Startled, I turned to find a slender man in his early fifties sitting behind a desk near the window. His hands were steepled at his chin, and, in his thin face and eyes, beneath a greying widow’s peak, I could indeed see something of the face in the portrait. ‘Like me, he shared a love of the Classical ancient world.’

‘Forgive me. I thought I was alone.’

‘Have a seat,’ he gestured with a smile. ‘I’m Joseph Atelic.’

‘Thank you.’ I settled across from him. ‘Please accept my apologies, my train was held up.’

‘The important thing is that you are here now, Dr Dugan.’

‘Please, call me Kenelm.’

He nodded. ‘We are all keen for you to settle in and get started. This past month has been difficult, following the accident, that is. You understand that, as a private institution, we have only a small staff here.’

‘Really? How small?’ Given the size of the place, I had expected the opposite.

‘Ordinarily, three doctors, a nurse, five orderlies, a cook and housekeeper, and a groundsman who also drives our carriage. Under normal circumstances, that is quite sufficient to manage the patients under our care. But, as you know, these have not been normal circumstances.’

‘May I ask about the accident? I understand one of your doctors was attacked and had to leave due to his injuries?’

Atelic looked uncomfortable. ‘A terrible tragedy.’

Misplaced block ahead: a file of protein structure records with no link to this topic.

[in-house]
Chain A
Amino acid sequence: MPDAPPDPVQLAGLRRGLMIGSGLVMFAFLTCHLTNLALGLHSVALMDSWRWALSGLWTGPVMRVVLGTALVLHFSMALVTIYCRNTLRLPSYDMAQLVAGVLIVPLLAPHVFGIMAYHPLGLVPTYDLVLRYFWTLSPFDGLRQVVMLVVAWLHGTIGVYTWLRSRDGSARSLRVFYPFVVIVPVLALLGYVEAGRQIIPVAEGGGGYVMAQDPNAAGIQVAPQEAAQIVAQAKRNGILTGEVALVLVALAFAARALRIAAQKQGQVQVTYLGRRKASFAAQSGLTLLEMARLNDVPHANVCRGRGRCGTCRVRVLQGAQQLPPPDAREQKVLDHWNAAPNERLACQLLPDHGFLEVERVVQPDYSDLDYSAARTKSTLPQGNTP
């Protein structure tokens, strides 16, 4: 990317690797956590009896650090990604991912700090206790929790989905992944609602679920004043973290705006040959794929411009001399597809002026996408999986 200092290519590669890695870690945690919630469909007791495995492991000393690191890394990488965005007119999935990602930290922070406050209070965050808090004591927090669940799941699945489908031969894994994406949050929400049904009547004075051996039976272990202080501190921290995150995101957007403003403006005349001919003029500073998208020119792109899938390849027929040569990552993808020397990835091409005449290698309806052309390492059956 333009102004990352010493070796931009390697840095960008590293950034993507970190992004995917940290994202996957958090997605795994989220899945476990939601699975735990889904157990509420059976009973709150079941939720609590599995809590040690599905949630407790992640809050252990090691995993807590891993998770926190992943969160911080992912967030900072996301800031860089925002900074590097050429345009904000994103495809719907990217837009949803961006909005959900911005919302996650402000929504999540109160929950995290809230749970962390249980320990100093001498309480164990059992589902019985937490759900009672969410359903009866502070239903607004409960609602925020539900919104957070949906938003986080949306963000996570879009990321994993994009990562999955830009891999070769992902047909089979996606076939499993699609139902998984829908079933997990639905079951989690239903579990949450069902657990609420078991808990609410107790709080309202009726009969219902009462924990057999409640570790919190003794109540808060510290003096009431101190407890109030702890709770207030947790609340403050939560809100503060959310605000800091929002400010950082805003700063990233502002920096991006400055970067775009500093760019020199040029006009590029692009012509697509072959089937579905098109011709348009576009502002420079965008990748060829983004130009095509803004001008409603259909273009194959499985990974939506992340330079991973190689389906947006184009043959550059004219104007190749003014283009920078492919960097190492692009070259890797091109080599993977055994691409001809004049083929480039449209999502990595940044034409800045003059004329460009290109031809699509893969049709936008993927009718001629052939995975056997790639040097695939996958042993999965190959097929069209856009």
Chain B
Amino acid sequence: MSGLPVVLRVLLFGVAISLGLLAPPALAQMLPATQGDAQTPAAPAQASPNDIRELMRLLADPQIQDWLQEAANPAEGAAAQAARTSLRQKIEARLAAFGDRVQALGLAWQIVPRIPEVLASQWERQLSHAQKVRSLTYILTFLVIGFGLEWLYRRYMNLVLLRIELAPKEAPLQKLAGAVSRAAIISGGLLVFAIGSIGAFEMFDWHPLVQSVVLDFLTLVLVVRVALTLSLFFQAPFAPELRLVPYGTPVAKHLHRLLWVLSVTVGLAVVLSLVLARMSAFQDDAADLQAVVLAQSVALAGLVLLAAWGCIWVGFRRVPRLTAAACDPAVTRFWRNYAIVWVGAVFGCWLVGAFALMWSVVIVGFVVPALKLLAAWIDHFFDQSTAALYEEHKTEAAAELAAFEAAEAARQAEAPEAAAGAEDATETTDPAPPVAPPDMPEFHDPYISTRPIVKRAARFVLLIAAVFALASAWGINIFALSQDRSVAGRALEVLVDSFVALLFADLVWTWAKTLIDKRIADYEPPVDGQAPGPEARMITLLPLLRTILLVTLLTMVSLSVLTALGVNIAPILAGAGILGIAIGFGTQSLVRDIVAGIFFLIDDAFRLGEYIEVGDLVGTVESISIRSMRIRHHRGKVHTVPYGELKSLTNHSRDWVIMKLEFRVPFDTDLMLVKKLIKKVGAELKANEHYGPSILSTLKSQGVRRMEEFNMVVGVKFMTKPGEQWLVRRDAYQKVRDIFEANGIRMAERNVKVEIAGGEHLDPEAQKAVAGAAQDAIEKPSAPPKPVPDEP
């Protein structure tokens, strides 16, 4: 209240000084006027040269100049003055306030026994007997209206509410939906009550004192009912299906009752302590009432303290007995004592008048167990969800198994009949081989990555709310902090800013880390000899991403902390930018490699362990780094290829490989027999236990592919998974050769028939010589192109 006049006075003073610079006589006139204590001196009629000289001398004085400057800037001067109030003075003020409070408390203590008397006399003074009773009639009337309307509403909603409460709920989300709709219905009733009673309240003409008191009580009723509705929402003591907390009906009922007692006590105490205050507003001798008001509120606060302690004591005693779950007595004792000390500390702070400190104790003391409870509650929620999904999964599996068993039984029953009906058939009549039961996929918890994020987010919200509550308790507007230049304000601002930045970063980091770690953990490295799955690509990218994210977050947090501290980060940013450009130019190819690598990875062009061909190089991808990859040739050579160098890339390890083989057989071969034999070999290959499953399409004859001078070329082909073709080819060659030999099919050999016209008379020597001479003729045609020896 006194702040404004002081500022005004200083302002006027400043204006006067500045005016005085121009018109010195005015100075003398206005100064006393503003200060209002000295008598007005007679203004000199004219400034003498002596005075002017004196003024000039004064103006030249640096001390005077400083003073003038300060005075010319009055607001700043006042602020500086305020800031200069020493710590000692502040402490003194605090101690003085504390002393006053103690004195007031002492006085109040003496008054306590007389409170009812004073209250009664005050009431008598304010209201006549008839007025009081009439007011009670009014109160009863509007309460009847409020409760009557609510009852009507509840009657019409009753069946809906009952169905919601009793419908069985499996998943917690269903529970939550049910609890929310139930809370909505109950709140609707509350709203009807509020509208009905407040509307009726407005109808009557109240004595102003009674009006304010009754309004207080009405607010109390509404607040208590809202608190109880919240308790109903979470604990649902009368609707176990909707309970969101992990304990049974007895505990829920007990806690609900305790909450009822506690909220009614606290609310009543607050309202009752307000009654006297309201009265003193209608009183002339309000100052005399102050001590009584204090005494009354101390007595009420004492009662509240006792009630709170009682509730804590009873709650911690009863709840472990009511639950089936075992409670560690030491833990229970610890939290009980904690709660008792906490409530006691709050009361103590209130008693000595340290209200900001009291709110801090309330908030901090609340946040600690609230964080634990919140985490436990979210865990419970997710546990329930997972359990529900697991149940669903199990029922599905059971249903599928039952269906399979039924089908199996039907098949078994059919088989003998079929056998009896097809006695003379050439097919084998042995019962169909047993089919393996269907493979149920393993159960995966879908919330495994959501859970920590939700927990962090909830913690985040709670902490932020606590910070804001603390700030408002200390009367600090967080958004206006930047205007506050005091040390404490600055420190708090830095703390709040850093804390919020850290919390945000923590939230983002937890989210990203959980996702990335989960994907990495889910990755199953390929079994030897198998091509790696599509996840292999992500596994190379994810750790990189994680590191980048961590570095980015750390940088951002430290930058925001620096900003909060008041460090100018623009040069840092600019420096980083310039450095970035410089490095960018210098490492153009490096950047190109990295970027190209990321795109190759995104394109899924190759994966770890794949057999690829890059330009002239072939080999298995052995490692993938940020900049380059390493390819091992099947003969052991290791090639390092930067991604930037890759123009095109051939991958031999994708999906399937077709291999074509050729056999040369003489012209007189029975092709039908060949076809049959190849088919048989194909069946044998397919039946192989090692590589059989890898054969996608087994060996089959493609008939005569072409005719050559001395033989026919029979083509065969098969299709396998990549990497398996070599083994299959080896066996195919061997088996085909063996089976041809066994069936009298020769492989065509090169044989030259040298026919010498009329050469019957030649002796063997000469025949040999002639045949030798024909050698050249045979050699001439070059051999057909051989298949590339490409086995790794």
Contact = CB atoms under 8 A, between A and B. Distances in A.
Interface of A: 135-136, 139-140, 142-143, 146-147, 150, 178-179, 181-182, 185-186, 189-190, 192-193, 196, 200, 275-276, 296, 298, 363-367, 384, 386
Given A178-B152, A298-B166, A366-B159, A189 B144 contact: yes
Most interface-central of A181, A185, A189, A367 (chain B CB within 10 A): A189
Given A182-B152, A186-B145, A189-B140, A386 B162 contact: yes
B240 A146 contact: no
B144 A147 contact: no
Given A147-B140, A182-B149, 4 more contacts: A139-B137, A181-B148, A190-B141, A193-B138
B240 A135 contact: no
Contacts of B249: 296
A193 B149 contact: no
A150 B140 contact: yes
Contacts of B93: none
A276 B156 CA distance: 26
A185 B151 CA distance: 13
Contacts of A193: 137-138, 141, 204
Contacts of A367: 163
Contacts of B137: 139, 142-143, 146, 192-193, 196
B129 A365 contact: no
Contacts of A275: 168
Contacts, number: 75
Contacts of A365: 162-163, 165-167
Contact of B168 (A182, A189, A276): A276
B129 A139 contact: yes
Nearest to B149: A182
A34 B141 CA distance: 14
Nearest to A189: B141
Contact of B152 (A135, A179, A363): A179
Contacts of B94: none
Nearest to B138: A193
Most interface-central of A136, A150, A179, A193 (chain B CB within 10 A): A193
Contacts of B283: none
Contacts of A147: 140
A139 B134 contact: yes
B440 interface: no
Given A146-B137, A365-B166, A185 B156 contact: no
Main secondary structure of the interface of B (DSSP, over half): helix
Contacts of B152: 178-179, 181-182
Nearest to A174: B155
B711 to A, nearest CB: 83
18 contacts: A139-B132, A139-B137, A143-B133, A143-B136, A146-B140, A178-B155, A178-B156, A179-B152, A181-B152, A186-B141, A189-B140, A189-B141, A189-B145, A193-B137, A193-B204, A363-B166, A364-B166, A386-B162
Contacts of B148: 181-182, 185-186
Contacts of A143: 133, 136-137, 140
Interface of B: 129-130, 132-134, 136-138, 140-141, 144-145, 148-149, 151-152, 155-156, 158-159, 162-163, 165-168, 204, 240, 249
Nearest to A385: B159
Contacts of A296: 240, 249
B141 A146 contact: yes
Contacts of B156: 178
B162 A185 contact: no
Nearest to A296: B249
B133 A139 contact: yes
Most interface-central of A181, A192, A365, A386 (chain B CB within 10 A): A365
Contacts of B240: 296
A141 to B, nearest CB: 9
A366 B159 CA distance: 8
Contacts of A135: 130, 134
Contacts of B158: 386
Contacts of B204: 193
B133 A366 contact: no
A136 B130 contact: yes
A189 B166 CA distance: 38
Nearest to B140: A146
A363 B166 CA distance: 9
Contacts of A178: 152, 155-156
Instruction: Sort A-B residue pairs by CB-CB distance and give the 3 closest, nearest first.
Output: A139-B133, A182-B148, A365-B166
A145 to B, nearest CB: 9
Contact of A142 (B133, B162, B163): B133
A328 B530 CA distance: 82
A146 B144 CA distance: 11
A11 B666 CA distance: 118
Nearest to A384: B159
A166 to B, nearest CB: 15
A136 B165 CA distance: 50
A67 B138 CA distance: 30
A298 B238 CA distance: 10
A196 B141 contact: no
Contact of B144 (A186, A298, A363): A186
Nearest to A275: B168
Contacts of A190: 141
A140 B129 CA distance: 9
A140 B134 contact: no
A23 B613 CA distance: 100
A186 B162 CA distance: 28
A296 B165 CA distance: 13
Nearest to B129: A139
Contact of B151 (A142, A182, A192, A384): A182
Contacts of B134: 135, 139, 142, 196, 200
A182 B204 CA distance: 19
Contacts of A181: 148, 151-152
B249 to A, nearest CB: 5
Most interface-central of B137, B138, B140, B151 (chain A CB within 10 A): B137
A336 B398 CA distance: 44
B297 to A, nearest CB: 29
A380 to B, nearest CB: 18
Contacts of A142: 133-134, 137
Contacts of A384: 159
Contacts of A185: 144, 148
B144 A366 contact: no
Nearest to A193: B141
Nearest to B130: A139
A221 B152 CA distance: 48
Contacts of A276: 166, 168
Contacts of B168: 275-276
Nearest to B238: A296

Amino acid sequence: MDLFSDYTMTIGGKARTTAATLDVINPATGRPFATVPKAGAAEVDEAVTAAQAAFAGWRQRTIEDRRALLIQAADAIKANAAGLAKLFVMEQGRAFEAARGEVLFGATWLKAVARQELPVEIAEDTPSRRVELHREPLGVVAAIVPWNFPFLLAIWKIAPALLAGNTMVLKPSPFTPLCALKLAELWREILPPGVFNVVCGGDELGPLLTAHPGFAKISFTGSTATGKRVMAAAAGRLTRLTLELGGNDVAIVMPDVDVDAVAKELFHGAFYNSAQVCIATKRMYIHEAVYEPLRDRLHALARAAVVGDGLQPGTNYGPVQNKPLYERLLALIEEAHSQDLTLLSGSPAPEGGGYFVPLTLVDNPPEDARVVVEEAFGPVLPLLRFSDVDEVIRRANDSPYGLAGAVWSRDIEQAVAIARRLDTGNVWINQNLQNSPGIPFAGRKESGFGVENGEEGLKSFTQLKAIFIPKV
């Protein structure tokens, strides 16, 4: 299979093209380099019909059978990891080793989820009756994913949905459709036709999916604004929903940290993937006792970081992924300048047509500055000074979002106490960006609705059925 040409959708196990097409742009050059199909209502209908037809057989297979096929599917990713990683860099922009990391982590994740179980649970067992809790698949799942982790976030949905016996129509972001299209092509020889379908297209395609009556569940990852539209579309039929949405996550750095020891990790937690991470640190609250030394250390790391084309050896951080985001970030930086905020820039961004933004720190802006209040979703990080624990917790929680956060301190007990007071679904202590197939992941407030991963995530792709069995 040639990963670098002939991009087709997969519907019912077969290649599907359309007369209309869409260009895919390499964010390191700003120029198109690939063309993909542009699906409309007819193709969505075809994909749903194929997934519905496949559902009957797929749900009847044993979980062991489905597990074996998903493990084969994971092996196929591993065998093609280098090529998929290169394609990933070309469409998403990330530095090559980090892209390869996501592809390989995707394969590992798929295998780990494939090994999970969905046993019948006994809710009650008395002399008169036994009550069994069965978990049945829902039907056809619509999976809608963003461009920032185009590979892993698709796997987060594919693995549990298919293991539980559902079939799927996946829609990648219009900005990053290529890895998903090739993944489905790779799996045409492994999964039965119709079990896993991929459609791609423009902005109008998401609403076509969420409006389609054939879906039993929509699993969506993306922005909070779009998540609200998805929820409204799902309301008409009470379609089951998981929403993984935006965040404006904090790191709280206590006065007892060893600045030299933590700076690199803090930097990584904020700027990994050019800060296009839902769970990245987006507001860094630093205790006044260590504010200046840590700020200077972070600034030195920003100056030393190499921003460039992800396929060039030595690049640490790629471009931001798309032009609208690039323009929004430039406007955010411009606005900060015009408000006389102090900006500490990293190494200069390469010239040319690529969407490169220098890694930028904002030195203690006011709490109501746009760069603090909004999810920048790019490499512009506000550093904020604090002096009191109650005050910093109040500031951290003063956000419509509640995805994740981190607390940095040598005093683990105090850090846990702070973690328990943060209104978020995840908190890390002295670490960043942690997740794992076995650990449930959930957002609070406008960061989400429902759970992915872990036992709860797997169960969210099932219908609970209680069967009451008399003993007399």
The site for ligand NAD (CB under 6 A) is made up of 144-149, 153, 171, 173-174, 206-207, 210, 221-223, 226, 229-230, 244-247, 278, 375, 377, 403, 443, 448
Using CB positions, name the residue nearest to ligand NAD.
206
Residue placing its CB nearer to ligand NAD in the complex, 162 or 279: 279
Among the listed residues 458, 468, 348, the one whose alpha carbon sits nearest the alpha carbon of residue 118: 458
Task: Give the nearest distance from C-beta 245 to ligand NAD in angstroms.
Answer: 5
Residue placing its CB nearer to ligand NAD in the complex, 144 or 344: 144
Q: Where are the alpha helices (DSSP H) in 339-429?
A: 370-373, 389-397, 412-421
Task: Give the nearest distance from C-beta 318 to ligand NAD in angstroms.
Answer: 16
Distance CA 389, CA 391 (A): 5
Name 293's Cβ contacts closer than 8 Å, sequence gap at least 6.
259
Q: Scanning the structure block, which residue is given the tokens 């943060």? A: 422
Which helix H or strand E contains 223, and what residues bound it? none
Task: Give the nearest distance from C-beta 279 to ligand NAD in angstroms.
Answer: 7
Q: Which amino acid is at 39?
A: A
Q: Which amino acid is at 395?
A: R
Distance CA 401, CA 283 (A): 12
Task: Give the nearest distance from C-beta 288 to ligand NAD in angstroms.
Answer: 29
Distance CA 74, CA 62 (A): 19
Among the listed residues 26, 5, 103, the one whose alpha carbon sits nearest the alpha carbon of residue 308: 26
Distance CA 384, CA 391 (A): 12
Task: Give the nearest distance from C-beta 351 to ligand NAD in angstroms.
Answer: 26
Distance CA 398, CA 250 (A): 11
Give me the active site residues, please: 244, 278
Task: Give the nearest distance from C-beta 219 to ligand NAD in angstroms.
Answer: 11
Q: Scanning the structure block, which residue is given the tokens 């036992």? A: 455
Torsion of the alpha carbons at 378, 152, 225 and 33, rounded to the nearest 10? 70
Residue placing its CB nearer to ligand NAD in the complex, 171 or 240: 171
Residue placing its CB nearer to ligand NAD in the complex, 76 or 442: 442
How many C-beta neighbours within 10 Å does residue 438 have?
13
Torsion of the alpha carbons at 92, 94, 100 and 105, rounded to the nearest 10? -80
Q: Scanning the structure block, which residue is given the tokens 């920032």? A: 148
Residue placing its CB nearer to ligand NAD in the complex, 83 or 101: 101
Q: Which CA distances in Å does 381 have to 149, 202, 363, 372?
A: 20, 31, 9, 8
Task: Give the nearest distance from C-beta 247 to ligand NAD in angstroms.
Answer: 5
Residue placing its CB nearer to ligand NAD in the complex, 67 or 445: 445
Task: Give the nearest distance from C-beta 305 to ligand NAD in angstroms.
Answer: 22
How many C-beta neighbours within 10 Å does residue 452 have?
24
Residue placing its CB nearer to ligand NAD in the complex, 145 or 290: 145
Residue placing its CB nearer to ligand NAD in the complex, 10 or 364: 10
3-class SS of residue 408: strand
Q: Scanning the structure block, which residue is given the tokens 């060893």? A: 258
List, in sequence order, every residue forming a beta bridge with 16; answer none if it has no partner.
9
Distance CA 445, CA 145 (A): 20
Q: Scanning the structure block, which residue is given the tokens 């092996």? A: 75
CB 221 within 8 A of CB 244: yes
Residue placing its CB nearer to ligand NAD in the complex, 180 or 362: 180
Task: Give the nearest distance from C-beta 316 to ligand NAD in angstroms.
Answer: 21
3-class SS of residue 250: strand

‘What happened?’

‘Tell me, do you believe in evil?’

His question threw me, and I blinked. ‘Well, yes, of course.’

He sat forward, his eyes intense as they locked onto mine. ‘Then understand when I tell you that our patients are, for the most part, confused, and here for their protection and well-being. However, we do have some who are incarcerated for the safety of everybody else. In short, they are extremely dangerous and hopelessly insane. The greatest care must be taken around them. When precautions are not followed, or when distractions occur, that is when accidents happen. Does that answer your question?’

‘Surely, using the word evil is a little extreme?’

Atelic regarded me like a disappointed father gazing upon an uncomprehending child. Then, rising from his chair, he motioned for me to follow. ‘I think it will be easier to show you. We’ll begin on the third floor, and then visit the patients in the second-floor wings before we head to the basement.’

As agreed, we began our tour on the pleasantly appointed third floor, where the asylum staff members were quartered. Here, after being shown the surprisingly sizeable room that had been assigned to me, I was introduced to Dr Charles Dreogan, a few years older than myself, whose hazel eyes seemed haunted and watchful, and whose amiable nature came across as a little too forced. I also met two of the orderlies, Enos Broga and Albert Hyrde, both down-to-earth Yorkshire men who acknowledged me cheerily enough before returning to their duties.